Report catalogs contaminated land conveyed to Native corporations

The BLM put together an inventory of 920 contaminated sites conveyed to Alaska Native Corporations, color-coded to indicate sites that have already been cleaned up, and those with work still to be done. (Web screenshot)
The BLM put together an inventory of 920 contaminated sites conveyed to Alaska Native Corporations, color-coded to indicate sites that have already been cleaned up, and those with work still to be done. (Web screenshot)

Scattered throughout Alaska are hundreds of pieces of land that have been transferred to Alaska Native Corporations by the federal government.

Some of it is the land of Alaska dreams: forests, tundra, river banks – largely untouched. Other parcels are less picturesque, but chosen for an economic development purpose.

And some, for whatever reason they were chosen, came with contamination: old schools, tank farms, other structures and even some spills.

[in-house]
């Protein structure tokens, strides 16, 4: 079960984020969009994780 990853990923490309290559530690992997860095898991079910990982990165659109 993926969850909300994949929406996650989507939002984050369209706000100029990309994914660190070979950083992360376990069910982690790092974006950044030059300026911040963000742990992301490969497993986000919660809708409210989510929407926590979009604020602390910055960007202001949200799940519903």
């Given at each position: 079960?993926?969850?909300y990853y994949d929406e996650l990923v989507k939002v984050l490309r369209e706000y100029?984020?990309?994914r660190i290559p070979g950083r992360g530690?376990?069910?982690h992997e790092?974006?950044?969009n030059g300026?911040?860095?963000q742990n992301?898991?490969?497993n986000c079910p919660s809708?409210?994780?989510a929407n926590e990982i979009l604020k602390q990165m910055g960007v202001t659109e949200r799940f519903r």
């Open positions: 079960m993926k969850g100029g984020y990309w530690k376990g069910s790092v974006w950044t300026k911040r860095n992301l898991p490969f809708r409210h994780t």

Getting them cleaned up has been a decades long process, and a new report catalogs those contaminated sites, but leaves some questions about who will orchestrate cleanup – and when.

About 1,000 sites considered contaminated were transferred from federal entities to Alaska Native Corporations, including storage tanks at the post office site in Iliamna; soil issues at the Katmai National Park Headquarters; a tank farm in Newhalen; and the former school in Pedro Bay.

Since the Alaska Native Claims Settlement Act was signed in 1971 as part of the effort to extinguish aboriginal title to lands, the Bureau of Land Management has acted as the government’s real estate agent, and been responsible for transferring each parcel to corporations.

At Congress’ direction, the agency published its report on where those conveyances stand this summer, including an inventory of the sites with a map available and searchable online to discover where the parcels are and what is happening on them – or needs to happen in the future.

The BLM looked at each of 6,000 sites thought to be conveyed under the settlement act, and determined who the landowner was before transfer, to whom it was transferred and when that happened.

Doing so drew on databases and information from several agencies, both state and federal, and BLM deputy state director Erika Reed said it was the first effort of its kind.